Untitled: September 13, 1862

Untitled

Christian Recorder: September 13, 1862
 
Turner writes about happenings in Washington. 

Keywords: Contrabands, Women, Eulogy


Mr. Editor:--Somehow the hordes of Secesh have made their way so near as to menace this city, and infest Maryland, and the probability is, that before this shall have reached you, they may be in the city of Baltimore. How this can be in the providence of God, I know not, unless, as the Rev. James Lynch once very eloquently, and I now think, appropriately remarked, “That the head of this rebellion was in the South, and its tail in the North, and that God intended to punish the whole as due to its unnumbered crimes,” for the contest has been attended with a circumvolution of retreats and retreats ever since it commenced.

The whole affair appears to be nothing more nor less than a national scourge. To-day we are gaining great victories, to-morrow we are losing; to-day we are taking prisoners, to-morrow we are being taken prisoners. To-day we are before Richmond, to-morrow the rebels are before Washington. And thus it is so good a man, and so good a boy, all the time, and the war is no nearer to an end now than when it first began; indeed, the South is stronger now than ever; more disciplined, and more cemented together, in the diabolical traffic.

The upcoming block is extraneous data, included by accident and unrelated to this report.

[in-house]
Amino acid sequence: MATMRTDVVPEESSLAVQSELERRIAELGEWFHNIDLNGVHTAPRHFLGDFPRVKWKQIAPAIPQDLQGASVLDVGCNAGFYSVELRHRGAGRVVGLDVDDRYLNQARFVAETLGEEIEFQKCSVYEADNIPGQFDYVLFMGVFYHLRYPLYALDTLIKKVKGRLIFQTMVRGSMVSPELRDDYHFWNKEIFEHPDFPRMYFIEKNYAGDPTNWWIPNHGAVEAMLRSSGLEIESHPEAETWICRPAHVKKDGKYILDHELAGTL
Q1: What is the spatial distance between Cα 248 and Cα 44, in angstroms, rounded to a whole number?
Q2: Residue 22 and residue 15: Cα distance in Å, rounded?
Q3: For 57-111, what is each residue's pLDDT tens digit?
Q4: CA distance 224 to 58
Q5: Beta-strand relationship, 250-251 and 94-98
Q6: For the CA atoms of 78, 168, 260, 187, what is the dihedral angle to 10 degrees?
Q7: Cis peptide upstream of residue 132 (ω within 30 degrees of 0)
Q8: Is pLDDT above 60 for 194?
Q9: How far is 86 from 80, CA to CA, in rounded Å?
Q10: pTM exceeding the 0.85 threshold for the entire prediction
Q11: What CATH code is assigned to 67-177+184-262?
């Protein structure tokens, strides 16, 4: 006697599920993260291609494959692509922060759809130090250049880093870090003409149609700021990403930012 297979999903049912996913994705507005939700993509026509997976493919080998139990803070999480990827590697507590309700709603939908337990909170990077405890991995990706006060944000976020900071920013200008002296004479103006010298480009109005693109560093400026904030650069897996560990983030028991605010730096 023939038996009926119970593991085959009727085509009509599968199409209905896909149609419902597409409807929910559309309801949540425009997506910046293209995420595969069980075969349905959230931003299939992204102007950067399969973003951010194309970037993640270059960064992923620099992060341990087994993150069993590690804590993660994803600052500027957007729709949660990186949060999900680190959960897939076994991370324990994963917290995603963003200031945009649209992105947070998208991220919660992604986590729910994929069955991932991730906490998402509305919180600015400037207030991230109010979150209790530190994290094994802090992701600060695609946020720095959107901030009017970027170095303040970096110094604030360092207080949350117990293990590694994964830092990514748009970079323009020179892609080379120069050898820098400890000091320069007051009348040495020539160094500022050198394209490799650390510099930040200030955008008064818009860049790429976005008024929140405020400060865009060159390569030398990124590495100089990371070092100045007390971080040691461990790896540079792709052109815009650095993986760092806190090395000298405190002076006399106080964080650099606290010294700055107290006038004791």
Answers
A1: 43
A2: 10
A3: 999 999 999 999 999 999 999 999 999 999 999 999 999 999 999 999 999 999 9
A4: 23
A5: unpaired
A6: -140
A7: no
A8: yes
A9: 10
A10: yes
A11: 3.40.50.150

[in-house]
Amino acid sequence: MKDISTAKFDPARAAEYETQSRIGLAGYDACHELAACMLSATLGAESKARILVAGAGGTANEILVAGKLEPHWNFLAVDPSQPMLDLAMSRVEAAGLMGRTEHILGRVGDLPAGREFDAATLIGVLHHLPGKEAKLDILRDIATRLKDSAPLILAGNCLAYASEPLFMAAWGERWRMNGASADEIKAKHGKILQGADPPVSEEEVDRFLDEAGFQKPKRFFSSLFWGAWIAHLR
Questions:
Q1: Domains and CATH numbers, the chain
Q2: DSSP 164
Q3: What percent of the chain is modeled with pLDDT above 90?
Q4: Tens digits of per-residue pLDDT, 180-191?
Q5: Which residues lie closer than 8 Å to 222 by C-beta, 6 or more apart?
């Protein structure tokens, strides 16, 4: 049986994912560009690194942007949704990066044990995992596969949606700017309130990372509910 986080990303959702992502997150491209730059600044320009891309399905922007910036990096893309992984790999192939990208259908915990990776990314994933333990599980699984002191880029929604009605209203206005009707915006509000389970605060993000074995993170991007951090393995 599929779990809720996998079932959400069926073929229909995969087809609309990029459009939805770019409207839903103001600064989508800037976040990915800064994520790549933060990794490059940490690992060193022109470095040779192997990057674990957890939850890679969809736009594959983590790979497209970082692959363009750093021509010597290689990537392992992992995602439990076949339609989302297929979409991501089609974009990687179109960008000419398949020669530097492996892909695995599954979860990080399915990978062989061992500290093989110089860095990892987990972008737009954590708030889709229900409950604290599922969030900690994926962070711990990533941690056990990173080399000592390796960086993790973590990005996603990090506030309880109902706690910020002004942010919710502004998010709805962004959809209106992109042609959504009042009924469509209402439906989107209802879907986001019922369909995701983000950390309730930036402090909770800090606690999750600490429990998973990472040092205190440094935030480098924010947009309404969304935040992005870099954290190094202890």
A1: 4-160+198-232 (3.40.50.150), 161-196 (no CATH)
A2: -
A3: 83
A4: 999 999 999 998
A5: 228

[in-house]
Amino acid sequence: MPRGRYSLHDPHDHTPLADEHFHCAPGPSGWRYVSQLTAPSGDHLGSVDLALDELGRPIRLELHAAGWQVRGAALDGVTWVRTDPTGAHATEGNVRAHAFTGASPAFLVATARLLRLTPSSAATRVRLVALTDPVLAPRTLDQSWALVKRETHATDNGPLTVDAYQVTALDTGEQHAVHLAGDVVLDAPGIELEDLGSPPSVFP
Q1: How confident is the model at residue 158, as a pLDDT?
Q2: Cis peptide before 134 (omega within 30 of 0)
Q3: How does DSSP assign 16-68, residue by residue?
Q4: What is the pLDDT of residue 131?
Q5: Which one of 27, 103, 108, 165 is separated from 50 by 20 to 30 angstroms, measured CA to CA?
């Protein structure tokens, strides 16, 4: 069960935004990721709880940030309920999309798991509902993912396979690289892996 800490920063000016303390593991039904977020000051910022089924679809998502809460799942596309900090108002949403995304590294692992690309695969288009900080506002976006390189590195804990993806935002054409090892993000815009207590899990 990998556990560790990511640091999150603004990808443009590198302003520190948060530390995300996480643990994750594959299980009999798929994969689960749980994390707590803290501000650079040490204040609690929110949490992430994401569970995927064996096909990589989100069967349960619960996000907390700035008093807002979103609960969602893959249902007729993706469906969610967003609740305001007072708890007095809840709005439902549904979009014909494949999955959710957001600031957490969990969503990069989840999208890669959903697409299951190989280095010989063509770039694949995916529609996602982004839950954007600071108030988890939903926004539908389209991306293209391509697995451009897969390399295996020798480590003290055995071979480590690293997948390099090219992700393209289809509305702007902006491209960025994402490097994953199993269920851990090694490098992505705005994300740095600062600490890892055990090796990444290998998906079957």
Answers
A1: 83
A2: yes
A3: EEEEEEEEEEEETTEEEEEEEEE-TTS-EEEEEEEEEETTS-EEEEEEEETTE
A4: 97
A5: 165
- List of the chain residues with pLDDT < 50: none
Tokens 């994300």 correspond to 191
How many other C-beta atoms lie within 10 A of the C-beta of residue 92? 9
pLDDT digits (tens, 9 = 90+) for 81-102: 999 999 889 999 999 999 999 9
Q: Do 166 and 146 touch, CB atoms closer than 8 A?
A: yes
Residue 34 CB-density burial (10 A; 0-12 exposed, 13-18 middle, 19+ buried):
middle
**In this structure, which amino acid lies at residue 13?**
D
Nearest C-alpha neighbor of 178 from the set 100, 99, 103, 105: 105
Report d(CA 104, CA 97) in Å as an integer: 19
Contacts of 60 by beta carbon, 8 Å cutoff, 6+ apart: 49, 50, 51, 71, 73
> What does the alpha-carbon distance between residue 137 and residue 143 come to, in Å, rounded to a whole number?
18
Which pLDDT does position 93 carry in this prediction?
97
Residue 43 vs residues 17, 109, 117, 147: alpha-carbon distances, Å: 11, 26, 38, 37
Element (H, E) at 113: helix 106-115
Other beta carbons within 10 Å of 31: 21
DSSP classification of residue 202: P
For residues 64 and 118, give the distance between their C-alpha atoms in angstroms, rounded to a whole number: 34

I was noticing yesterday the goddess of Liberty standing at the foot of the Capitol of the United States, with her face directed toward Virginia, as though she were looking at the progress of freedom. Her features appeared to be enlivened with hope, but bearing a physiognomy held by a peculiar anxiety that borders on sadness itself. One could hardly but feel, when viewing this noble statue, that the great ensign of this and every other nation’s pride, was vacillating between the hope of victory and the fear of despair. But when looking at how all great achievements have been wrought for the elevation of mankind, at any period in the world’s history, it seems to be the economy of Providence to disenthrall every perverted principle and violated law of nature, slowly, tediously, and at great length.

For in whatever part of this stupendous universe any violation, in-harmony, or abnormity, exists, the discordancy and conflicting action of its native operations will grate harshly in her onward career until they shall have been resuscitated by the gradual, but sure process of those immutable actionary and reactionary forces which are constitutionally warped in its primeval nature, and freedom is one of these grand principles, yes, the chief itself, which shall soon assert its original claims and bid defiance to the hand of oppression.